Gamedealdaily.com Amazon shop-> http://www.amazon.com/shops/aphu9876
Posted Image

#7 dmaul1114

dmaul1114

Posted 20 January 2011 - 03:41 PM

I'm a prof, I'll usually write rec letters for anyone who got an A or high B in my courses. Of course, it's a pretty generic letter if it was just someone who did well in my class but never talked much in class nor came to office letters etc.

I've never had anyone more than a year removed from taking a class with me ask though. I may be less likely to do one if it's been a couple years unless it's a student I remember well (i.e. someone that did really well and asked questions after class etc.).

So if it's been a while, try to ask profs who you spoke to after class or after office hours (if any) and don't bother asking anyone you didn't get an A or high B on--as they're going to say no or write a half-hearted letter if you didn't do well in their course.

3DS Friend Code: 2595-0524-8826

Bluray Collection
DVD Collection


#8 bordjon

bordjon

    tastes good on the bun.

  • CAGiversary!

Posted 20 January 2011 - 03:49 PM

Any prof you had more than one class with would be one to consider. Any prof you might have met with, even briefly, or possibly any prof you've had email correspondence with.
Posted ImagePosted Image

#9 GoJays2025

GoJays2025

    I like cake.

  • CAGiversary!

Posted 20 January 2011 - 04:33 PM

Thanks guys, I'm a year removed from university, so that makes it a little more difficult.

I don't even know who my academic advisor would have been, so that's probably out of the question. I have seldomly talked to a couple of profs via email for things like assignment due dates and whatnot. I've never needed any help academically, and never really stayed behind after class except to hand in assignments - I'm usually the first person out the door. There was just so much to do outside of school that I had no interest at all at talking with my profs, especially since I very rarely had any problems at all with any work that's been assigned to us.

I remember I had two courses in my last semester there where we did major presentations that required the profs' approvals, so I did talk to them briefly about that. I can check to see what my grades were like in those classes. Anyway if I don't get a better idea of what to do I'll just ask them anyway. What's the worst that can happen?

If I had considered this before I graduated, I probably would have talked to my profs a little more, but whatever, can't change the past. I'm sure everything'll work out... it pretty much always does!
Get $2 after you spend $2 on Green Man Gaming by registering with my link. Thanks! :D

#10 dmaul1114

dmaul1114

Posted 20 January 2011 - 04:35 PM

1 year shouldn't be a big deal. Just ask those profs you note you had more contact with the last couple semesters.

If they say no, try some other profs you had more than one class from and did well in etc.

Like you say, you have nothing to lose. Worst they can do is say no.

Also, what's the deadline on this? Many profs won't write letters unless they're given at least a month's notice. It's rude to ask and press them as you need it in a week or 2 etc. as they're very busy and you're asking for a favor.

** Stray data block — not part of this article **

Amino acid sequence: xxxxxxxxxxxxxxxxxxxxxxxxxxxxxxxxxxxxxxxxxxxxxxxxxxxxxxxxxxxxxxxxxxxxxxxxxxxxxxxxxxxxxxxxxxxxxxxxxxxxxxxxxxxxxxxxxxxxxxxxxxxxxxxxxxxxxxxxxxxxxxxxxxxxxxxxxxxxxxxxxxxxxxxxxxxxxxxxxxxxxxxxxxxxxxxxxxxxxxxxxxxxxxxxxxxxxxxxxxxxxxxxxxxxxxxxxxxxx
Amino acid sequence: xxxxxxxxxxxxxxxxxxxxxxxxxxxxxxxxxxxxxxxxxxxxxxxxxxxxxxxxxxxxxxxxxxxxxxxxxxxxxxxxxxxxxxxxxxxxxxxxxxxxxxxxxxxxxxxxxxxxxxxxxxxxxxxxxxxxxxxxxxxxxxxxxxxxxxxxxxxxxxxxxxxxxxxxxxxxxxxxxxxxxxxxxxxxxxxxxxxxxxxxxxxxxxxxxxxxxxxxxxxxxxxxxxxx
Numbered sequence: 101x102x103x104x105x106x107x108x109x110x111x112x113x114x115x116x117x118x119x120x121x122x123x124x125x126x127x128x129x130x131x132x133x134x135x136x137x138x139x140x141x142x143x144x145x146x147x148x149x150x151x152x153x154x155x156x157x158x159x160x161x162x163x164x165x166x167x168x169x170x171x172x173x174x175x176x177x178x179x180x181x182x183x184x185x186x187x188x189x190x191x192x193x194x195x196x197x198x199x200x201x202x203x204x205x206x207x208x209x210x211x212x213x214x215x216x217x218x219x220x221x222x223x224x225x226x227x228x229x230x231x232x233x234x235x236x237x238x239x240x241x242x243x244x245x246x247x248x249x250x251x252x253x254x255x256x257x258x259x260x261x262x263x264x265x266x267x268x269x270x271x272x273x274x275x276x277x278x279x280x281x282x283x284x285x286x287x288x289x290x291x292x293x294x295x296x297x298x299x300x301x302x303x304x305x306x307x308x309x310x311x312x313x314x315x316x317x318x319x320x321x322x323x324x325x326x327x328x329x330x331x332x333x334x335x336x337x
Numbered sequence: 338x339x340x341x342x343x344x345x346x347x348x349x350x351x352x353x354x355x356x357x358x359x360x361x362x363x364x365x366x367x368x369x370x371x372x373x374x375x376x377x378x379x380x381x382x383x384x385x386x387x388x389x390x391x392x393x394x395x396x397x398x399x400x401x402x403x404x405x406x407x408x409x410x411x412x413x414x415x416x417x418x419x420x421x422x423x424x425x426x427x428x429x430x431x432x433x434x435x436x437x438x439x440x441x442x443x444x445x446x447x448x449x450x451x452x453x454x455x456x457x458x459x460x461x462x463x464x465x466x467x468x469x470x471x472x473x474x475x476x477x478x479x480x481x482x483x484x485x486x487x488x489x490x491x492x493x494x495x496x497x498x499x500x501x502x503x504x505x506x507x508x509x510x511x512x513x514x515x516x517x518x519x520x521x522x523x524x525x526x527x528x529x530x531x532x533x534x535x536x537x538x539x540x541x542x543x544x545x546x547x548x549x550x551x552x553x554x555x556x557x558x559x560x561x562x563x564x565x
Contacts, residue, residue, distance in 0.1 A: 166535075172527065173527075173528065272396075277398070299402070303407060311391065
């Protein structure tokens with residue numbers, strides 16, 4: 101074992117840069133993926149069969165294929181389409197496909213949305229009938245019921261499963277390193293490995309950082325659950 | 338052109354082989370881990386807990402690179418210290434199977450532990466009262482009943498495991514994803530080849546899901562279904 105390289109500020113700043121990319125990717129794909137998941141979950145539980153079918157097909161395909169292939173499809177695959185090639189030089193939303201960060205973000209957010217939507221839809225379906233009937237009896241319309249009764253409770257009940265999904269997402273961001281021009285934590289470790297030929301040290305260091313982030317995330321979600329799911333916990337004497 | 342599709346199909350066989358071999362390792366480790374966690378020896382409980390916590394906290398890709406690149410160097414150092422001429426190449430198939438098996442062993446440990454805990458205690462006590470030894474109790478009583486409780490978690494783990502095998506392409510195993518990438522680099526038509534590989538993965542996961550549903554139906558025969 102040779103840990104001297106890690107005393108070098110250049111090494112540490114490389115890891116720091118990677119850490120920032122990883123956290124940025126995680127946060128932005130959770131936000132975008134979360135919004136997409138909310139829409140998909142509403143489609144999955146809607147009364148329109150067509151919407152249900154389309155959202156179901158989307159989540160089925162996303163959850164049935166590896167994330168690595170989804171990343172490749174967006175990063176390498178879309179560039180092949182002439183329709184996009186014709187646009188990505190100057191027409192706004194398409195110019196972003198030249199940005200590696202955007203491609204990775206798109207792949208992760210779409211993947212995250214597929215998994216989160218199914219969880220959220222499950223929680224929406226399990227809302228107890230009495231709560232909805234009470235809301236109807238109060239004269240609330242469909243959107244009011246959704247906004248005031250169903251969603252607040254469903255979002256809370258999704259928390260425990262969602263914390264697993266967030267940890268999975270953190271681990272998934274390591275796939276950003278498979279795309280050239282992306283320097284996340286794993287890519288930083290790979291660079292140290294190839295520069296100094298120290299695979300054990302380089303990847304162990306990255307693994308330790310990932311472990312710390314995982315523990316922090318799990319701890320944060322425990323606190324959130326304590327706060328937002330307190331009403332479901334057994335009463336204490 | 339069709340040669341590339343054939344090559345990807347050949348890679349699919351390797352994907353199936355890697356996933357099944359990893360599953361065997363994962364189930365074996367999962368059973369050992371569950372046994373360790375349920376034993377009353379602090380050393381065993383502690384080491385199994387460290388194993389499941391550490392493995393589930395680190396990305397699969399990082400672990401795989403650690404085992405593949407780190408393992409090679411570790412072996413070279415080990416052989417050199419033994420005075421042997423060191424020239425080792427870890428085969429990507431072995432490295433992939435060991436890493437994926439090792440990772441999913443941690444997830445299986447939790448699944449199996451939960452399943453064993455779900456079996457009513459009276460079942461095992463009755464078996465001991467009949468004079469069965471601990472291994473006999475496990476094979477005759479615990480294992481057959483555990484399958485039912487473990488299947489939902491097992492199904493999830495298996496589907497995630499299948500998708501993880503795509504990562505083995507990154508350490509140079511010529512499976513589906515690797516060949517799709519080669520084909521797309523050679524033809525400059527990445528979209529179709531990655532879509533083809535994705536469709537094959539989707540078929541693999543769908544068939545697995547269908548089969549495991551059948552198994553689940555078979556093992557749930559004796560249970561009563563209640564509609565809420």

3DS Friend Code: 2595-0524-8826

Bluray Collection
DVD Collection


#11 D_Icon

D_Icon

    'D'_ott_Elitist

  • CAGiversary!

Posted 21 January 2011 - 11:21 PM

I'm on the same boat, I didnt really interact with my professors so I'm sensing that I'm SOL when it comes to applying to Grad school. Kind of feel horrible asking them for a letter if I didn't give my input in their classes.

Let me know what kind of responses you get man, I might build the courage to ask some professors for letters of recommendation for myself.

#12 GoJays2025

GoJays2025

    I like cake.

  • CAGiversary!

Posted 22 January 2011 - 03:30 AM

I'm on the same boat, I didnt really interact with my professors so I'm sensing that I'm SOL when it comes to applying to Grad school. Kind of feel horrible asking them for a letter if I didn't give my input in their classes.

Let me know what kind of responses you get man, I might build the courage to ask some professors for letters of recommendation for myself.


I haven't done it yet, but I've got 2 profs in mind whom I've contacted in my last semester there, and I will be writing them soon. I will certainly let you know how it goes!
Get $2 after you spend $2 on Green Man Gaming by registering with my link. Thanks! :D

#13 TctclMvPhase

TctclMvPhase

    Dismal Scientist

  • CAGiversary!

Posted 22 January 2011 - 04:05 AM

Is there a particular reason why you think you need to go back to school?

black_swan_movie-640x120.jpg

"I was perfect....


#14 GoJays2025

GoJays2025

    I like cake.

  • CAGiversary!

Posted 22 January 2011 - 05:29 AM

Is there a particular reason why you think you need to go back to school?


Because I have a BA in Psychology, so... you can see why.
Get $2 after you spend $2 on Green Man Gaming by registering with my link. Thanks! :D

#15 SpazX

SpazX

    13 Billion Years in the Making

  • CAGiversary!

Posted 22 January 2011 - 05:49 AM

Pretty much everywhere I applied required 3 references, and all of mine were academic (though they probably would have been alright if 1 wasn't or something).

What field of psych are you applying to? You never assisted with any research?

I went to a large university and pretty much every psych class was huge so I didn't interact with professors much that way, two of my recommendations were from RAing and I had one from a History professor because I wrote a lot in her class and she could speak to my writing ability.